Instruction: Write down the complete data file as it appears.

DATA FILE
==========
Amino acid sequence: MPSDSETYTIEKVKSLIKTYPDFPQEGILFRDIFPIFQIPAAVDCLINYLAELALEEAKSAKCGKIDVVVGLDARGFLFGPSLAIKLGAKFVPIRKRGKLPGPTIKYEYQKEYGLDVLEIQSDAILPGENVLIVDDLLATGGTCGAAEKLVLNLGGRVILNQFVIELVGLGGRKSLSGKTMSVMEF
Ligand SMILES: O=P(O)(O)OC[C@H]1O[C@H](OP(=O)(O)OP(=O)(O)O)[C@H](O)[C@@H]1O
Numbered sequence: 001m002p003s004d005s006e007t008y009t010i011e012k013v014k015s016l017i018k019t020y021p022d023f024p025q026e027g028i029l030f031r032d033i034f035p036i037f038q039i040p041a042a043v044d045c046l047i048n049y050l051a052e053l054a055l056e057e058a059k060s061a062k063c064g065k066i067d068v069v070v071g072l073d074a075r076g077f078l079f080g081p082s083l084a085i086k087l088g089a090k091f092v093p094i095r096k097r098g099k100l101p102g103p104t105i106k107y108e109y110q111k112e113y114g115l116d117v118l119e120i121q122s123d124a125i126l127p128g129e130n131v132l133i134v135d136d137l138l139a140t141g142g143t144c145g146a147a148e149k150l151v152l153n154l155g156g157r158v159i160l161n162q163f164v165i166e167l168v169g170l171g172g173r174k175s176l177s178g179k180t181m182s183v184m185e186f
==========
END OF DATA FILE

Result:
Amino acid sequence: MPSDSETYTIEKVKSLIKTYPDFPQEGILFRDIFPIFQIPAAVDCLINYLAELALEEAKSAKCGKIDVVVGLDARGFLFGPSLAIKLGAKFVPIRKRGKLPGPTIKYEYQKEYGLDVLEIQSDAILPGENVLIVDDLLATGGTCGAAEKLVLNLGGRVILNQFVIELVGLGGRKSLSGKTMSVMEF
Ligand SMILES: O=P(O)(O)OC[C@H]1O[C@H](OP(=O)(O)OP(=O)(O)O)[C@H](O)[C@@H]1O
Numbered sequence: 001m002p003s004d005s006e007t008y009t010i011e012k013v014k015s016l017i018k019t020y021p022d023f024p025q026e027g028i029l030f031r032d033i034f035p036i037f038q039i040p041a042a043v044d045c046l047i048n049y050l051a052e053l054a055l056e057e058a059k060s061a062k063c064g065k066i067d068v069v070v071g072l073d074a075r076g077f078l079f080g081p082s083l084a085i086k087l088g089a090k091f092v093p094i095r096k097r098g099k100l101p102g103p104t105i106k107y108e109y110q111k112e113y114g115l116d117v118l119e120i121q122s123d124a125i126l127p128g129e130n131v132l133i134v135d136d137l138l139a140t141g142g143t144c145g146a147a148e149k150l151v152l153n154l155g156g157r158v159i160l161n162q163f164v165i166e167l168v169g170l171g172g173r174k175s176l177s178g179k180t181m182s183v184m185e186f